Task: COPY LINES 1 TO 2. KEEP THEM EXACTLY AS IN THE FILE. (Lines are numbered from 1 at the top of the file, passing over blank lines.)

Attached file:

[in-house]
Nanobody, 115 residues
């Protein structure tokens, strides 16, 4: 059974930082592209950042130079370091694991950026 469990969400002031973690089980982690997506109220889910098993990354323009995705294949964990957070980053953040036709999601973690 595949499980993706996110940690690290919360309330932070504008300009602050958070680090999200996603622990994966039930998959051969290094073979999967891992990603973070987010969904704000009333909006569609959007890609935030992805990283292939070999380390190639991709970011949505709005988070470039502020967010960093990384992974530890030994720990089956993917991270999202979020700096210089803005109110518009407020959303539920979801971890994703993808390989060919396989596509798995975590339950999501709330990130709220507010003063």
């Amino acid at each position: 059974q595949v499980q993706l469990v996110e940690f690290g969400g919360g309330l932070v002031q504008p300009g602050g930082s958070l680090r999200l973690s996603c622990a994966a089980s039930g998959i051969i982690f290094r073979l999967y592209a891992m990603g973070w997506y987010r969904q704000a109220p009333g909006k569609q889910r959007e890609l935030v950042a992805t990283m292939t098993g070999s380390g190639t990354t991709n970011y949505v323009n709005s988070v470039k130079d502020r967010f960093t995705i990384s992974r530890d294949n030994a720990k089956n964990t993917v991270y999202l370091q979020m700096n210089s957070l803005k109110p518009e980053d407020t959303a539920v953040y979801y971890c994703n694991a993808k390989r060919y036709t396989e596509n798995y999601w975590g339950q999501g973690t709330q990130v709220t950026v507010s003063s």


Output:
[in-house]
Nanobody, 115 residues